I find the concept of 'truely' learning any skills from text a big problem. The best that can happen is an awareness that they exist ( or some say they exist ). The only place to 'get' any of the skills that are being endlessly discussed here, is hands on with someone who both has them and has the ability to teach them. If you read something and try it out, without someone to correct you should you get it wrong, then this maybe worse than not doing it at all.

I 'know' I have some relative level of 'internal'/ki/kokyu skills, but I would hesitate to to try and put them into text, as on the mat I demonstrate and explain as best as I can, and some people immediately start to practice something else at least there I can intervene and put them back on track

I'm off to another thread to put my oar in over there.....

regards,

Mark

Success is having what you want. Happiness is wanting what you have.
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Old 12-05-2006, 06:59 AM   #43
Mike Sigman
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Re: opening the joints

Quote:
Erick Mead wrote:
O Sensei wrote:
The virtues of training in the Two Ways
Both of the Sword and of the Pen
Has brought realization in the body and in the soul.
So what do you interpret that to mean, Erick?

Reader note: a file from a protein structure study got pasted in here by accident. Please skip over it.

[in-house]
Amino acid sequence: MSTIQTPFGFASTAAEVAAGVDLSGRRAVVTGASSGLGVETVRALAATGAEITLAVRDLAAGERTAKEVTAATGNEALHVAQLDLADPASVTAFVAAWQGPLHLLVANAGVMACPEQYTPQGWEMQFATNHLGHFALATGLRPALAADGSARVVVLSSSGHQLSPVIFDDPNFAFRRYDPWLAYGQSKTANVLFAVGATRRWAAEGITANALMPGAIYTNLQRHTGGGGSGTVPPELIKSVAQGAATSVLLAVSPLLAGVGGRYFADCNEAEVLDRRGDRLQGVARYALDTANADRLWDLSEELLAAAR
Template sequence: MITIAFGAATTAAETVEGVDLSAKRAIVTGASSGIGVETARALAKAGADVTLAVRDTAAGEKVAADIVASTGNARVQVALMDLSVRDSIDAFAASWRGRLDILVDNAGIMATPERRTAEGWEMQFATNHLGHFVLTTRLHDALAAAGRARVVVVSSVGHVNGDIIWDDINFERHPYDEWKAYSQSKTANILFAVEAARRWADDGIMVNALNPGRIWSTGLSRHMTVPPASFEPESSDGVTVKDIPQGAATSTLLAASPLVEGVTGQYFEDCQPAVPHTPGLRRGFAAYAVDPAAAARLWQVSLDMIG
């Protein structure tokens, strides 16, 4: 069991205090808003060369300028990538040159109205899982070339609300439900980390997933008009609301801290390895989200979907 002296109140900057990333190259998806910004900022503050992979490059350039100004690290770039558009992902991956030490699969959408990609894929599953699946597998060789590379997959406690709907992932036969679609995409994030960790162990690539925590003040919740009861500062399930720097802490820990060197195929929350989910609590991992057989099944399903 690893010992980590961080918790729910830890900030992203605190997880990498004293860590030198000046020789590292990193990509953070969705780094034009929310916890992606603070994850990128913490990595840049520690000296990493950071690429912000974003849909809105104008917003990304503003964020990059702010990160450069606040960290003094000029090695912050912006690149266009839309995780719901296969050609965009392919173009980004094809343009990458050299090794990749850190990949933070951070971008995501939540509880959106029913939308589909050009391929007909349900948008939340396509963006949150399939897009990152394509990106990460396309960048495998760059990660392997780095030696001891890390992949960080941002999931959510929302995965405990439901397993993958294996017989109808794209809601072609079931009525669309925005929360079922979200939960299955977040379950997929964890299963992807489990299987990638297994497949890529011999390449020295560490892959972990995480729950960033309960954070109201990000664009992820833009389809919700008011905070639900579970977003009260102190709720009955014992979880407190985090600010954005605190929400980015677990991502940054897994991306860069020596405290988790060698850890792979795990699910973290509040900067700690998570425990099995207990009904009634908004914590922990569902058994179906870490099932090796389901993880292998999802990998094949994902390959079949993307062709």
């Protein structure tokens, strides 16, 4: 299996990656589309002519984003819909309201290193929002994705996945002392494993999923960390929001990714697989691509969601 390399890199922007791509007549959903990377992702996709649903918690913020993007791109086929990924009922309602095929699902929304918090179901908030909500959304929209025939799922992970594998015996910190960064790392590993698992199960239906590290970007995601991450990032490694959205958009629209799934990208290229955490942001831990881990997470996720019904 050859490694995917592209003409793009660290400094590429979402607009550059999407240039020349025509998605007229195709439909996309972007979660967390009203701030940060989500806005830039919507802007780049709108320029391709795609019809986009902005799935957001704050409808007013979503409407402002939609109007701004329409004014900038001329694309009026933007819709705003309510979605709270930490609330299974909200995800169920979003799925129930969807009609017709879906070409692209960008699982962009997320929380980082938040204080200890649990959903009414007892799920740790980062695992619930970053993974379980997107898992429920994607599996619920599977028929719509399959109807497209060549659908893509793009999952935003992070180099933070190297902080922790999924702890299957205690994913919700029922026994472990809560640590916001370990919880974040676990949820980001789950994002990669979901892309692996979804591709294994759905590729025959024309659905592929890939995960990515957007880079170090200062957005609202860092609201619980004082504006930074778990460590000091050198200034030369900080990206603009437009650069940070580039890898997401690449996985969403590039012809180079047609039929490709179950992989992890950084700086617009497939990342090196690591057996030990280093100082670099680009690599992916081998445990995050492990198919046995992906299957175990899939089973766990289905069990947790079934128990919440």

Regards,

Mike Sigman
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Old 12-05-2006, 10:35 AM   #44
Mike Sigman
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Re: opening the joints

OK, let me prime the pump a little bit. Japanese calligraphy is based on Chinese calligraphy. The relationship of qi/jin to Chinese calligraphy is the same as ki/kokyu is to Japanese calligraphy. The same can be said of the sword arts. Same thing for Aikido.

From:
http://www.page.sannet.ne.jp/shun-q/INTERVIEW-E.html

4、INFLUENCE OF AIKIDO ON CALLIGRAPHY

What influence did practicing both misogi and aikido eventually have on your calligraphy?

The three converged into one for me. Aikido, for example, is ultimately not really about twisting wrists, causing pain, or throwing people; it is about cultivating "ki," which is something distinctly different from these things. The same is true of calligraphy. There are five or ten thousand characters we can brush in learning about form and line, but ultimately we are pursuing something beyond these, and that something is none other than "ki".So calligraphy and aikido became the exact same pursuit for me and I began to practice both as hard as I could.

 

You once remarked that "the essence of calligraphy lies in kokyu. (lit. breath)." Is this the same sort of kokyu we find in aikido?

The very same.

This brings to mind the question, "What exactly are we teaching when teach calligraphy?" We teach form and how to draw the characters, of course, but I think if we are unable to teach a certain "something more," then the life will go out of calligraphy and it will no longer interest people.



Mike
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Old 12-05-2006, 10:54 AM   #45
Michael McCaslin
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Re: opening the joints

Erick,